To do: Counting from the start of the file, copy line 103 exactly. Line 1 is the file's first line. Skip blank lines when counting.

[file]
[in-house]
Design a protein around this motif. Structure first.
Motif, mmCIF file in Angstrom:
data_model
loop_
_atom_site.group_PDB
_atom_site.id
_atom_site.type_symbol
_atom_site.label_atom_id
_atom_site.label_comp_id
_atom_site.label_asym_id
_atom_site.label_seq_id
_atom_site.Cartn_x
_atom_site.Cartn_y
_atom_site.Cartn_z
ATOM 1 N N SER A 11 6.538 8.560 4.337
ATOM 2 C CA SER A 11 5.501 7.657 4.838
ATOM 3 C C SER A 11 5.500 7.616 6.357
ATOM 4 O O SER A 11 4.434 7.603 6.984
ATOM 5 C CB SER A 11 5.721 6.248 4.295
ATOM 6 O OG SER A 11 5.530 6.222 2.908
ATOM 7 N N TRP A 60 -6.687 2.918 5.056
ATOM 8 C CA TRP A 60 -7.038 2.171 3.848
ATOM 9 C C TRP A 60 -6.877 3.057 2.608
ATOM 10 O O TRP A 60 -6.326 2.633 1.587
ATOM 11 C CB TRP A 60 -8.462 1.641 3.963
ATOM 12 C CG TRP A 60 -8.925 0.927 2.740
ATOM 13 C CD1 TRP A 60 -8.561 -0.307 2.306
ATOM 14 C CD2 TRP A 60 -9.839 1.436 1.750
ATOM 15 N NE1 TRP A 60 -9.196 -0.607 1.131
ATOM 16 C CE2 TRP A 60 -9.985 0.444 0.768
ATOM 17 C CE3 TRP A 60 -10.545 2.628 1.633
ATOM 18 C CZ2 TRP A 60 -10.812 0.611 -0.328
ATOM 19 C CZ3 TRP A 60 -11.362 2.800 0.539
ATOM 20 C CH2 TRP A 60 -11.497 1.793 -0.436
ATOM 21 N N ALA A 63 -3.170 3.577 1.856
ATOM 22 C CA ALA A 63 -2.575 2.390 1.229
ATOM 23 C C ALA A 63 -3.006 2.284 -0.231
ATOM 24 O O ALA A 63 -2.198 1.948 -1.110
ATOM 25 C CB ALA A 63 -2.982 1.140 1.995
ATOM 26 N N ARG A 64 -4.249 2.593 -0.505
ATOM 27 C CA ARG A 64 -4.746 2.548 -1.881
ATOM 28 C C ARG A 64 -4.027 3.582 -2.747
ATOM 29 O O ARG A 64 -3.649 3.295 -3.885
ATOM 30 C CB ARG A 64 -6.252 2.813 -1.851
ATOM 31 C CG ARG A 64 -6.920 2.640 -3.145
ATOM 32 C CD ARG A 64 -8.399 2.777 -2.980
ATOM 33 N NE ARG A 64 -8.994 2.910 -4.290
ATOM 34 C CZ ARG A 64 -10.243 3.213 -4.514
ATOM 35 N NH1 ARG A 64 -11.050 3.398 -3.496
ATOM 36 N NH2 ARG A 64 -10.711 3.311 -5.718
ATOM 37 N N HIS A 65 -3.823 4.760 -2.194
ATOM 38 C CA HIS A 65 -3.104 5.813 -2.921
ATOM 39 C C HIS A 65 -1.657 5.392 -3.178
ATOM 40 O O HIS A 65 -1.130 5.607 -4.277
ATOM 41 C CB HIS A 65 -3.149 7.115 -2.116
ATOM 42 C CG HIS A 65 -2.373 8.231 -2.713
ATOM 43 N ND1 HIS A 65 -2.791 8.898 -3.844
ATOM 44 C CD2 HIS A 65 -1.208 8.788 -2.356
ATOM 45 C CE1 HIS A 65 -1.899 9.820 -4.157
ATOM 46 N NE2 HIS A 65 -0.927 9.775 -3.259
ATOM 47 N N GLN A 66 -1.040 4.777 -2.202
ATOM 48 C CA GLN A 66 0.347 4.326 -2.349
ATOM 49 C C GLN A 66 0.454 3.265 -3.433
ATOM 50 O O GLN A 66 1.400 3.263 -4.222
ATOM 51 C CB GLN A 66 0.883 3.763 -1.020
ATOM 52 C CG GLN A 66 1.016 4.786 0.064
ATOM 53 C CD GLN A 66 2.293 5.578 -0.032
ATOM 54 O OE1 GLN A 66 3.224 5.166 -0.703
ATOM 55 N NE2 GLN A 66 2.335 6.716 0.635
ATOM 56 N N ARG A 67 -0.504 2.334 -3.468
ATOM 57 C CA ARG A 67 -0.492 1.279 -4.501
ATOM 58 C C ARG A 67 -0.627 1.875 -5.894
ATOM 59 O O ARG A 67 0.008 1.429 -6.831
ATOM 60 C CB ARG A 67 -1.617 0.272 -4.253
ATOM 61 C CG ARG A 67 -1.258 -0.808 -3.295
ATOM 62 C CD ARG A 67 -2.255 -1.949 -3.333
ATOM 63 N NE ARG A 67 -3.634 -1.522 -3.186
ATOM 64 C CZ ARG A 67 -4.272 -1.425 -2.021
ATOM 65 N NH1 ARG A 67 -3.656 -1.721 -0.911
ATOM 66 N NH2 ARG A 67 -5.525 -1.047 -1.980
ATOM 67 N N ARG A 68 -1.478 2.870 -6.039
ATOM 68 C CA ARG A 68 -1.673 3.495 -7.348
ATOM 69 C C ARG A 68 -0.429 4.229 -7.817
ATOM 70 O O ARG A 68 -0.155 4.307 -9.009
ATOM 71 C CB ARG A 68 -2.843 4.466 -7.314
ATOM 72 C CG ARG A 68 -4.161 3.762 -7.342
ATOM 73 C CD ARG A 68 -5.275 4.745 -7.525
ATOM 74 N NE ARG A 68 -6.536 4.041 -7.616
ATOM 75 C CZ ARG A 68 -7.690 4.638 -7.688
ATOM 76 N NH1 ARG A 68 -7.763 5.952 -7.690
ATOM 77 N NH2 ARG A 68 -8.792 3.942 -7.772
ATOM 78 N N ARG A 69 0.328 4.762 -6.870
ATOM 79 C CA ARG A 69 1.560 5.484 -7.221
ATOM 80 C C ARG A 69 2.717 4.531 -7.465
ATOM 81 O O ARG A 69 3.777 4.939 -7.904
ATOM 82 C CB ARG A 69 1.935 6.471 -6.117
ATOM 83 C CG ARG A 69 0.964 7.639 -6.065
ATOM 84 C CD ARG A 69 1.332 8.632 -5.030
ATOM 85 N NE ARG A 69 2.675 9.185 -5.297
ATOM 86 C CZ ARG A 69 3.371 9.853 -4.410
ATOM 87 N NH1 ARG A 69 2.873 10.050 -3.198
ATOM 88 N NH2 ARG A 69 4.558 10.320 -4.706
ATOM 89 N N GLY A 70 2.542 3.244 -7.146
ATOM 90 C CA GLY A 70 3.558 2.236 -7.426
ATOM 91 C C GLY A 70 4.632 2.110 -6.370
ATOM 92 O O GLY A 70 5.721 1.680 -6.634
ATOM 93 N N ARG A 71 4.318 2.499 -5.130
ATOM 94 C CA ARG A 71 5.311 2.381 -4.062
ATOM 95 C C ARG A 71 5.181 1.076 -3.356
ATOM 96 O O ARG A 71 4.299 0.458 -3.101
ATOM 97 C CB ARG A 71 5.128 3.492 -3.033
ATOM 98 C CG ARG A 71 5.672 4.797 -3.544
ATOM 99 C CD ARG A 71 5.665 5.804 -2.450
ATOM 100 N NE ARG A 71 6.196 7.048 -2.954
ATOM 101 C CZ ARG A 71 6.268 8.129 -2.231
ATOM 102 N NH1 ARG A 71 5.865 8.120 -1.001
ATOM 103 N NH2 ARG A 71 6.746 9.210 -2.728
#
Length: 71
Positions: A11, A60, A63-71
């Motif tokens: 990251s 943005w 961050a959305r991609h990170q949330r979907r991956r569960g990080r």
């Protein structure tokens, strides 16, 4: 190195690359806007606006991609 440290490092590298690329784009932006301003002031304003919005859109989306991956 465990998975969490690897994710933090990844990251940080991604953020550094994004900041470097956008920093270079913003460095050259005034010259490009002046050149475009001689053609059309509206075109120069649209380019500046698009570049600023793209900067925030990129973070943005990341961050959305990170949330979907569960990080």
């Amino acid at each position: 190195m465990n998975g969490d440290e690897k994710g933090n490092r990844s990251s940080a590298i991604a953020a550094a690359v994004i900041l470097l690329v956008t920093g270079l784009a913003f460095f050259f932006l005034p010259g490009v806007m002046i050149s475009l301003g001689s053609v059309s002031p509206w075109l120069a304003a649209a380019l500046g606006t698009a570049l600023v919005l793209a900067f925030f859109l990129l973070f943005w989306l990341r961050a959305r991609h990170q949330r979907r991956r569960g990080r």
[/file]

ATOM 88 N NH2 ARG A 69 4.558 10.320 -4.706